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    • "Therefore, the term " mucosal barrier " seems to properly highlight the pivotal role of the gut in the interaction with microbiota [8]: it is not a static shield but an active apparatus with specialized components. As stated by Bischoff et al. [9] " permeability " is defined as a functional feature of this barrier that on one hand allows the coexistence with bacterial symbionts necessary for our organism and on the other hand prevents luminal penetration of macromolecules and pathogens [10] [11]. Altered intestinal permeability has been documented during several conditions, namely, acute pancreatitis [12], multiple organ failure [13], major surgery [14] [15], and severe trauma [16], and could explain the high prevalence of Gramnegative sepsis and related mortality in critically ill patients [8]. "
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    ABSTRACT: The pathogenesis of inflammatory bowel disease (IBD) is multifactorial with data suggesting the role of a disturbed interaction between the gut and the intestinal microbiota. A defective mucosal barrier may result in increased intestinal permeability which promotes the exposition to luminal content and triggers an immunological response that promotes intestinal inflammation. IBD patients display several defects in the many specialized components of mucosal barrier, from the mucus layer composition to the adhesion molecules that regulate paracellular permeability. These alterations may represent a primary dysfunction in Crohn’s disease, but they may also perpetuate chronic mucosal inflammation in ulcerative colitis. In clinical practice, several studies have documented that changes in intestinal permeability can predict IBD course. Functional tests, such as the sugar absorption tests or the novel imaging technique using confocal laser endomicroscopy, allow an in vivo assessment of gut barrier integrity. Antitumor necrosis factor- α (TNF- α ) therapy reduces mucosal inflammation and restores intestinal permeability in IBD patients. Butyrate, zinc, and some probiotics also ameliorate mucosal barrier dysfunction but their use is still limited and further studies are needed before considering permeability manipulation as a therapeutic target in IBD.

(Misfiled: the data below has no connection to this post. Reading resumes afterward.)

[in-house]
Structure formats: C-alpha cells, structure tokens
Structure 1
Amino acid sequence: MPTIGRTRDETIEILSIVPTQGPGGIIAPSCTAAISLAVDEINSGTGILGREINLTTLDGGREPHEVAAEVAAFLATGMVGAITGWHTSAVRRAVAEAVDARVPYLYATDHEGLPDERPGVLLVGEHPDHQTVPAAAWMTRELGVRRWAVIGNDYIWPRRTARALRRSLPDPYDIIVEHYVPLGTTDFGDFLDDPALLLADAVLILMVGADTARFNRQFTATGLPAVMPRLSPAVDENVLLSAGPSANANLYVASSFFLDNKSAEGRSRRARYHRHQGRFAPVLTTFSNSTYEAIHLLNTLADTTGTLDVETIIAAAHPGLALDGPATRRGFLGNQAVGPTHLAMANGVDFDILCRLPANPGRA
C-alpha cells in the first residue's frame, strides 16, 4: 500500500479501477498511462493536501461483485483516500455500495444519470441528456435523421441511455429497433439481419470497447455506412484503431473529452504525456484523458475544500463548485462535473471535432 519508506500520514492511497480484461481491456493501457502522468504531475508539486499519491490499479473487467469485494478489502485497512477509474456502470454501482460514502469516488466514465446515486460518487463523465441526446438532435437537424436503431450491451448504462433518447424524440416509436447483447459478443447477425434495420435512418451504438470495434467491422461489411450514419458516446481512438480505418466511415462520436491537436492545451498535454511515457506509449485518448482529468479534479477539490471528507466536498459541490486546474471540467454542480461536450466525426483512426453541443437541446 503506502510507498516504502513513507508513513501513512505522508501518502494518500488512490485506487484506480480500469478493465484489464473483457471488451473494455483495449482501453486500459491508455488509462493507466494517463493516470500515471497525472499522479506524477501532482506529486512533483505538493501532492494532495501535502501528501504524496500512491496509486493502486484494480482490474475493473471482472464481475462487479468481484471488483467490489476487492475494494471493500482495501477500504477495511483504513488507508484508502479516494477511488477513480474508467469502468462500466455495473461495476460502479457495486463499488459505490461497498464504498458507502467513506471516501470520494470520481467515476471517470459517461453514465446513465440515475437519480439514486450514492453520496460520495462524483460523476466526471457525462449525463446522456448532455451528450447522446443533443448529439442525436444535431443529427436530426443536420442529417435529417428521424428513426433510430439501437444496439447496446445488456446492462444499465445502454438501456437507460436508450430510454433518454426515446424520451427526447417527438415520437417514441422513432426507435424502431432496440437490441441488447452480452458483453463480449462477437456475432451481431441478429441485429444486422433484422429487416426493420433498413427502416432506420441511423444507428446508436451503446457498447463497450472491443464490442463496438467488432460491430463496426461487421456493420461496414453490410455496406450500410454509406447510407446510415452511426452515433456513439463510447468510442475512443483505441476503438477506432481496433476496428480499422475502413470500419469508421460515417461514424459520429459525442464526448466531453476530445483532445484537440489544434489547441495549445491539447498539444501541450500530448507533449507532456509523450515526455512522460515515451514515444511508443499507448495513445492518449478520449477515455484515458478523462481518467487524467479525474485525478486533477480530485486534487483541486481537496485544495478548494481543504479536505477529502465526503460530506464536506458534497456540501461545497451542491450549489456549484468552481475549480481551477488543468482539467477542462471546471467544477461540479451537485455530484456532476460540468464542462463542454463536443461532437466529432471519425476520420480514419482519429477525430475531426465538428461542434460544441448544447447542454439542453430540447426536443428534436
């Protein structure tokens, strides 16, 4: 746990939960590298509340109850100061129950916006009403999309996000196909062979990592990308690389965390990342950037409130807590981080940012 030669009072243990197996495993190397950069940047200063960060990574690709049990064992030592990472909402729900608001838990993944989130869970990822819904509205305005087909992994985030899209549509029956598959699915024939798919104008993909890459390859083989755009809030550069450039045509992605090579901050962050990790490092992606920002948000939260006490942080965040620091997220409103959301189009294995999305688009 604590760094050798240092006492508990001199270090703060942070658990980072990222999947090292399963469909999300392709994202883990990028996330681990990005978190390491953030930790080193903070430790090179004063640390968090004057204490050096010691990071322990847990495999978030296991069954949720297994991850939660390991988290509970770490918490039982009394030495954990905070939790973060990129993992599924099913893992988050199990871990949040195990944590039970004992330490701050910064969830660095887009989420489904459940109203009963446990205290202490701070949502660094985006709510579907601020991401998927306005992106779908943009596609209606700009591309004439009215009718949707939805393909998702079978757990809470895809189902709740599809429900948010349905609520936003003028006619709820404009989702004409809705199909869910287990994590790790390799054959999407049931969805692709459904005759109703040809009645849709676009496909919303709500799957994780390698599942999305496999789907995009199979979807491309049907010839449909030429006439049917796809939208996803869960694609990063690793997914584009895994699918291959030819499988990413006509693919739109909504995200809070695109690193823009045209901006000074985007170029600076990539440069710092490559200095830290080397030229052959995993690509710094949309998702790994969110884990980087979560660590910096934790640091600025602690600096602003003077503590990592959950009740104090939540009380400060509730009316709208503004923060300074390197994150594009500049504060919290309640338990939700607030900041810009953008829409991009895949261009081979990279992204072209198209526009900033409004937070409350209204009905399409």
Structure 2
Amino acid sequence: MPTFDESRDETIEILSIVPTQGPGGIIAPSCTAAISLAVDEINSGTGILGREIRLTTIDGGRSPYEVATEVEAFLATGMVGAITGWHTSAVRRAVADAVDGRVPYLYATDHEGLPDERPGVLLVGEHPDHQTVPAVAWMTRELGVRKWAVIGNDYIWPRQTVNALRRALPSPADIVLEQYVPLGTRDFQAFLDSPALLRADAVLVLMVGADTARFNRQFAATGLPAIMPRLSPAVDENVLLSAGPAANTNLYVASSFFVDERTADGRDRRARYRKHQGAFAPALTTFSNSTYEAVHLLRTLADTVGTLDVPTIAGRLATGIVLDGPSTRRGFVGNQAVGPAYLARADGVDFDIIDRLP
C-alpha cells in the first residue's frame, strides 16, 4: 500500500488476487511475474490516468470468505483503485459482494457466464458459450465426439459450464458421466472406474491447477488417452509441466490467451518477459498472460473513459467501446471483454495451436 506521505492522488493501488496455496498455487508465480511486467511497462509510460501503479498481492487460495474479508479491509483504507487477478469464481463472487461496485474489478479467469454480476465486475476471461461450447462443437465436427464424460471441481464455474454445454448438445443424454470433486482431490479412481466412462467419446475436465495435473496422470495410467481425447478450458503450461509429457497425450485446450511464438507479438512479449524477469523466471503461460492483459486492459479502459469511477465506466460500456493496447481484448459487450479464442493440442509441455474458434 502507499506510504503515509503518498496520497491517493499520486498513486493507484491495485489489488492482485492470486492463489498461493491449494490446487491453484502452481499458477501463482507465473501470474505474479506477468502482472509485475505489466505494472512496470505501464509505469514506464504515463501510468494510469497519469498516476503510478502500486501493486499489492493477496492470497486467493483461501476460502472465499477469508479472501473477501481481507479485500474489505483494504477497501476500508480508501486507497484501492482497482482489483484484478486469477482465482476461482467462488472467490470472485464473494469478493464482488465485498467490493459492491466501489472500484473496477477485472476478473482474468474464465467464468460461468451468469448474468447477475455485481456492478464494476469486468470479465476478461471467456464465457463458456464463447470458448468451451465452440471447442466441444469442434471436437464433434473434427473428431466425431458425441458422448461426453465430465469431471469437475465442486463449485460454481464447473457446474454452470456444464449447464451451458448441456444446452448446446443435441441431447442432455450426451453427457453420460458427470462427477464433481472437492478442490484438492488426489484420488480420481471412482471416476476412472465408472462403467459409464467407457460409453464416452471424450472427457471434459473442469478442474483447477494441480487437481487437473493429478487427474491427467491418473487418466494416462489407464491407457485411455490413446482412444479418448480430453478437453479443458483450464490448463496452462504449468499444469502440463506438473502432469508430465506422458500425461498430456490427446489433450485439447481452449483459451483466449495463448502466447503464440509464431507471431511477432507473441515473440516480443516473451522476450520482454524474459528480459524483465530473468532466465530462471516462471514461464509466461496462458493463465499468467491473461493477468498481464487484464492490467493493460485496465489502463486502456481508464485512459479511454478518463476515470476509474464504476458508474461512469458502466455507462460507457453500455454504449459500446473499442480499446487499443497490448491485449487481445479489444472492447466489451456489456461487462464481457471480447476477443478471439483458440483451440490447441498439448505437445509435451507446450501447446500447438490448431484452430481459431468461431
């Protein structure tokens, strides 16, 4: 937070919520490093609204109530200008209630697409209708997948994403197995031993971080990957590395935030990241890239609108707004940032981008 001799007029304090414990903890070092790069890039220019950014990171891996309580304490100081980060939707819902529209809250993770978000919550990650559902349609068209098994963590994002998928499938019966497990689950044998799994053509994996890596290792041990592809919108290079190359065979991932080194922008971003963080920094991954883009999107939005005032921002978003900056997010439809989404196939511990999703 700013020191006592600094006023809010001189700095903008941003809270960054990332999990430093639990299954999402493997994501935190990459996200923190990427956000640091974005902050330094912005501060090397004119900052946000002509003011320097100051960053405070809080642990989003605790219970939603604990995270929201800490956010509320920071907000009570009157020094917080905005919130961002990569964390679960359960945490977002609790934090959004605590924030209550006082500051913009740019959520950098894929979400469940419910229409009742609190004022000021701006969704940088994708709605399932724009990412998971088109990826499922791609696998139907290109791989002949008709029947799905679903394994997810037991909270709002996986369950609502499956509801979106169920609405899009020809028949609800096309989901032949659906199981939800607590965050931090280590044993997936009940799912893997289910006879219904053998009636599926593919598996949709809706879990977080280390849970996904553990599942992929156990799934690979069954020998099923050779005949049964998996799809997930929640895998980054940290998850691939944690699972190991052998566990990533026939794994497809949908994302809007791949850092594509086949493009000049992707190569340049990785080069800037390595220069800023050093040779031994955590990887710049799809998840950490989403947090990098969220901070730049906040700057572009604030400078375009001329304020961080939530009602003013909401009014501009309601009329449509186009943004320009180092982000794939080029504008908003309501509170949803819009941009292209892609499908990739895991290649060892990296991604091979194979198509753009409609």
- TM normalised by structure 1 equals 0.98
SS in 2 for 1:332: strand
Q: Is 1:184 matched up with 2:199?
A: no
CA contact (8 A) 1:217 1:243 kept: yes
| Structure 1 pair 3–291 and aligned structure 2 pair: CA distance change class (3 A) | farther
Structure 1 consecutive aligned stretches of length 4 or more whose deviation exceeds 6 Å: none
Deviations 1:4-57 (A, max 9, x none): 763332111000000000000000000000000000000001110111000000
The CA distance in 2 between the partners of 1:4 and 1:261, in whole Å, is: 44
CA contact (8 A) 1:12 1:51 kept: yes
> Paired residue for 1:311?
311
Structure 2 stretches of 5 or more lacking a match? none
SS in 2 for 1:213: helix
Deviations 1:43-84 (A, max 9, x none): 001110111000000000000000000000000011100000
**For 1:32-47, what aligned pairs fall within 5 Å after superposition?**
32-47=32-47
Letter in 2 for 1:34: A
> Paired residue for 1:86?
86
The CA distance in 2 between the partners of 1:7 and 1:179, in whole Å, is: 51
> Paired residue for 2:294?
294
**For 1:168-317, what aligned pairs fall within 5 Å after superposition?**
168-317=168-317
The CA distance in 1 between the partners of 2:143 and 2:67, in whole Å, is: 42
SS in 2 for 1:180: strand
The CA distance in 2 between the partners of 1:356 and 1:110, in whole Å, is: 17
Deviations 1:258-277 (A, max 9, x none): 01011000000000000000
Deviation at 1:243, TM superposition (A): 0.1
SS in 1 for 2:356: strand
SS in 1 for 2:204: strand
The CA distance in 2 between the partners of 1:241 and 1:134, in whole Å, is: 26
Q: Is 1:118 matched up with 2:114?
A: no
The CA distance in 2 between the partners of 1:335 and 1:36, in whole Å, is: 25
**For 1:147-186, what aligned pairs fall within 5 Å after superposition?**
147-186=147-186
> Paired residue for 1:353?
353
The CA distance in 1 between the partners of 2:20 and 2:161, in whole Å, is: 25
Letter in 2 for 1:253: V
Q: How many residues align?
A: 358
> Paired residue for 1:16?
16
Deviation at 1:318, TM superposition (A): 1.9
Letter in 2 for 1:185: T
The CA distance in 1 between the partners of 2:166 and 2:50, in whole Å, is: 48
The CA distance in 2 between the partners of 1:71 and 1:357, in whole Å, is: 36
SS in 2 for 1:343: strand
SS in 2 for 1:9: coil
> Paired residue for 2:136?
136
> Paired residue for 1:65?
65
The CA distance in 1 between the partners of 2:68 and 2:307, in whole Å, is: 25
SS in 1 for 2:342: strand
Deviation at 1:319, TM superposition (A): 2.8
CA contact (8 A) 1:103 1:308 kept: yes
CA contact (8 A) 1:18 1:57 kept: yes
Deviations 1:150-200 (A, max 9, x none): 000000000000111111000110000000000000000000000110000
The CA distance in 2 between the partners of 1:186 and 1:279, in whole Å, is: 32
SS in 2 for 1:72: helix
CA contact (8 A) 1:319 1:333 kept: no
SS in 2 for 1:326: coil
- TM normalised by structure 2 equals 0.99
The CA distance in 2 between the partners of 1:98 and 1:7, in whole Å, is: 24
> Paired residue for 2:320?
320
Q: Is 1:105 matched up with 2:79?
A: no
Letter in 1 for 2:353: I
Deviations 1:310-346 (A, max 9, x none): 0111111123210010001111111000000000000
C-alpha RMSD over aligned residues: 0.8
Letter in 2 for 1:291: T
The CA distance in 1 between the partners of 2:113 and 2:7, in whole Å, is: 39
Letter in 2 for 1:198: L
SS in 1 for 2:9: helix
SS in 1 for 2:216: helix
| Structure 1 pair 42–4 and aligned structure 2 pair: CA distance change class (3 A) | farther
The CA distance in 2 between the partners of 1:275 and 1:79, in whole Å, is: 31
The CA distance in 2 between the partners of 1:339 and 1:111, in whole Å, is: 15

Mediators of Inflammation 11/2015; 2015(5):1-10. DOI:10.1155/2015/628157 · 3.24 Impact Factor
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    • "These microbes derive nutrients from the host environment, and in turn, they influence normal animal development and health. The gastrointestinal microbiota are critical for nutrient acquisition and immune system development (Bä ckhed et al., 2005; Hooper et al., 2012). Metagenomic profiling of gut microbiota has identified deviations from taxonomic compositions associated with health in diseases such as obesity (Turnbaugh et al., 2009), diabetes (Wen et al., 2008), and inflammatory bowel diseases (IBD)(Frank et al., 2007). "
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    ABSTRACT: Predicting host health status based on microbial community structure is a major goal of microbiome research. An implicit assumption of microbiome profiling for diagnostic purposes is that the proportional representation of different taxa determine host phenotypes. To test this assumption, we colonized gnotobiotic zebrafish with zebrafish-derived bacterial isolates and measured bacterial abundance and host neutrophil responses. Surprisingly, combinations of bacteria elicited immune responses that do not reflect the numerically dominant species. These data are consistent with a quantitative model in which the host responses to commensal species are additive but where various species have different per capita immunostimulatory effects. For example, one species has a high per capita immunosuppression that is mediated through a potent secreted factor. We conclude that the proportional representation of bacteria in a community does not necessarily predict its functional capacities; however, characterizing specific properties of individual species offers predictive insights into multi-species community function.